Selecting the right legal structure for your business is very important. There are many factors that need to be considered, especially ownership, intellectual property, and tax questions. In small or family owned businesses, the primary issues often revolve around the management of the company, dispute resolution, rights to buy out other owners, and how the business will be terminated or inherited. These issues are frequently not given the attention deserved. The common result is expensive litigation when the business partners or family members want to go in different directions. Careful legal planning should include provisions that deal directly with these matters. Mr. Dwyer is experienced with the formation and organization of C corps, S corps, close corps, LLCs, general and limited partnerships, and charitable corps.
Mr. Dwyer is also an electronics engineer (see Patents and Publications) with considerable software and digital designexperience. He has used this expertise in several cases withkey evidence located on digital devices. In one case,People v. Pellerin, he was able to track down evidencetampering by a sheriff’s department that had modifiedvideo files on a hand held video camera for the purpose offalsely incriminating his client.In another case, Mr. Dwyer was responsible for making a forensic copy of a computer server and then running thatcopy “inside” of a lap top computer in court to prove thata certain software program on the original server waspresent, complete, and operable as required by the contract.In another case, he examined text messages sent by aGPS tracking device to disprove the report of an expertfor the prosecution that the GPS device had been used forillegal survielance.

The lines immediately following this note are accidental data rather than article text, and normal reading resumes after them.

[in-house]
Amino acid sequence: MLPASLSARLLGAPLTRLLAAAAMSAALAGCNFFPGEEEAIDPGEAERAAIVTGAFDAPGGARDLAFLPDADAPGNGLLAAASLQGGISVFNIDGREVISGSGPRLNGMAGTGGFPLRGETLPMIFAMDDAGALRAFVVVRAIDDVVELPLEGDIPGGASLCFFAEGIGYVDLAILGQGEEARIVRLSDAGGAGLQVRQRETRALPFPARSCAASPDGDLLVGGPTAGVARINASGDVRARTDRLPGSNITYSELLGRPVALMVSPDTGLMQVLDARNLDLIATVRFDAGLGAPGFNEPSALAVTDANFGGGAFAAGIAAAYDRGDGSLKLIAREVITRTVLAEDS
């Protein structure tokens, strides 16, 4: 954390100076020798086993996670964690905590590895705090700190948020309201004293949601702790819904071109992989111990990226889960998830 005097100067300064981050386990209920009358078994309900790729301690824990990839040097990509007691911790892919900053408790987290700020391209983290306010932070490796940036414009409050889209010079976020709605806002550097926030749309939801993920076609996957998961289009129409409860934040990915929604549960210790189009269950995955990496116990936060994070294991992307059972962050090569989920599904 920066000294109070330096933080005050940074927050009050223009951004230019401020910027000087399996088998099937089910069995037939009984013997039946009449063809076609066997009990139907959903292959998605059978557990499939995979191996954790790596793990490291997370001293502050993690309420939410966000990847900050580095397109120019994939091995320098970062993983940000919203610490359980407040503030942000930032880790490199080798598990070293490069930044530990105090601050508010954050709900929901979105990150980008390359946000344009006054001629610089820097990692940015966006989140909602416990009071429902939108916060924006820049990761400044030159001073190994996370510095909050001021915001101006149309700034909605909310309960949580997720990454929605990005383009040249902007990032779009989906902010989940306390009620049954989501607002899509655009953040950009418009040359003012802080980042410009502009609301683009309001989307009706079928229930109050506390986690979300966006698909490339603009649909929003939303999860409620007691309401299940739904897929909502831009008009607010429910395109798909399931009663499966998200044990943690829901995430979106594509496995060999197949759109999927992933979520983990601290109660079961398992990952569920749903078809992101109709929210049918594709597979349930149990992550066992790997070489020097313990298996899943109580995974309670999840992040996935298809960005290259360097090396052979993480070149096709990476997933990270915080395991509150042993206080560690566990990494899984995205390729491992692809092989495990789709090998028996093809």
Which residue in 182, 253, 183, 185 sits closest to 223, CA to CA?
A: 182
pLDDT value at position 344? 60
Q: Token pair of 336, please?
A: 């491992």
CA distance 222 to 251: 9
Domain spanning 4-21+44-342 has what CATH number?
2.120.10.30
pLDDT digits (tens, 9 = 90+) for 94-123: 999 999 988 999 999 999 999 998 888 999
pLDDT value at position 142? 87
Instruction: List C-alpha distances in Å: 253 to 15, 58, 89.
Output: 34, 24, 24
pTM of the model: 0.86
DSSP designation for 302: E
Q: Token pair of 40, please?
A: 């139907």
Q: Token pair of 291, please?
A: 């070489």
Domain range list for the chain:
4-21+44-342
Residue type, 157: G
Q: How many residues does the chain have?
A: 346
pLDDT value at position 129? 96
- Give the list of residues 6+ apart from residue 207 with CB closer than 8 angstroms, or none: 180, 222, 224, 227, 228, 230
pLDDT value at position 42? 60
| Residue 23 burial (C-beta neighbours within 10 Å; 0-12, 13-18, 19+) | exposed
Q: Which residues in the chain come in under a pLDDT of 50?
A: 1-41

Mr. Dwyer has been directing the focus of his practice into thefield of civil rights since 2010.I sometimes get calls from potential clients, butthey are too late. It is crucial that your claims againstthe State of California be preserved with a timely filing of agovernment tort claim as required by California GovernmentCode 915. YOU MUST FILE A CLAIM WITHIN SIX MONTHSOF THE INJURY OR THE DATE YOU BECAME AWARE OFTHE INJURY. GC 911.2Many claims that are actionable under state law are alsoactionable under federal law. This field of law is complex andI recommend consultation with a lawyer. Federal claims forconstitutional violation of civil rights typically have a two yearstatute of limitations. But again, check with a lawyer!To file a claim against a county or local governmententity you must complete a claim form and deliver the form to the County Board of Supervisors office. I recommend personaldelivery or certified mail. GC 915(a).The claim must include the information set out at GC 910. How you state your claim can be crucial to its success. Irecommend that a lawyer help you with this process.You can file a claim against the state or a state agency oremployee with the State Board of Control (SBC), by delivering the claim to any local SBC office or by mailing it to: State Board of Control Government Claims BranchP.O. Box 3035, Sacramento, CA 95812.The State Board of Control’s contact info is:(916) 323-3564 (voice); (916) 323-5768 (fax);800-955-0045, or you can download a form from: http://www.vcgcb.ca.gov/publications/claims.aspxhttp://www.governmentclaims.ca.gov/claims/howtofile.aspx